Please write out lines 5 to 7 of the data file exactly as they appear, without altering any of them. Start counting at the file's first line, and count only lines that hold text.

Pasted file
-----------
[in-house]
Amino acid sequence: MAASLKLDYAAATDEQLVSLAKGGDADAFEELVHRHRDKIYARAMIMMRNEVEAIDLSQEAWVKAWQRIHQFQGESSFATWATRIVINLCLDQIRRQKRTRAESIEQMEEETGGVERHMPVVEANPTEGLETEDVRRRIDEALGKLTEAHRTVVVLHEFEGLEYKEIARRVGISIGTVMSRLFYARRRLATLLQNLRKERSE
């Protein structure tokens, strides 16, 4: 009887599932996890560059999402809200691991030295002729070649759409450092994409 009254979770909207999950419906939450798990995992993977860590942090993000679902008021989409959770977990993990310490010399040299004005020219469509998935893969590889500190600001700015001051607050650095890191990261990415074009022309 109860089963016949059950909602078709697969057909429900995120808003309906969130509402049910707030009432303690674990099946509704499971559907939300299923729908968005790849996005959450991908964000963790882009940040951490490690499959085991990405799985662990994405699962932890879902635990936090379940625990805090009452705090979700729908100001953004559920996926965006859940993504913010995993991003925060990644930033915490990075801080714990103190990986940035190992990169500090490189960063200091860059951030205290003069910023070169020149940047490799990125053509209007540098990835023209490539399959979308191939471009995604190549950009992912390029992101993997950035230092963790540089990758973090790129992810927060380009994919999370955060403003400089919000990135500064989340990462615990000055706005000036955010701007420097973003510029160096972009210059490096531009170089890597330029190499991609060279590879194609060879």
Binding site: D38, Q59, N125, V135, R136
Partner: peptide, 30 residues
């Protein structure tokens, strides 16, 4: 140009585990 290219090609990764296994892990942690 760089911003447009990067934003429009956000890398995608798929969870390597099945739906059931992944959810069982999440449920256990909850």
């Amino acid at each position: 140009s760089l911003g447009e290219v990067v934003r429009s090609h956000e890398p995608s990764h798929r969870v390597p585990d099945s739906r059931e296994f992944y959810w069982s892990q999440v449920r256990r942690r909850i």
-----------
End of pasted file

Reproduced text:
Partner: peptide, 30 residues
């Protein structure tokens, strides 16, 4: 140009585990 290219090609990764296994892990942690 760089911003447009990067934003429009956000890398995608798929969870390597099945739906059931992944959810069982999440449920256990909850």
């Amino acid at each position: 140009s760089l911003g447009e290219v990067v934003r429009s090609h956000e890398p995608s990764h798929r969870v390597p585990d099945s739906r059931e296994f992944y959810w069982s892990q999440v449920r256990r942690r909850i």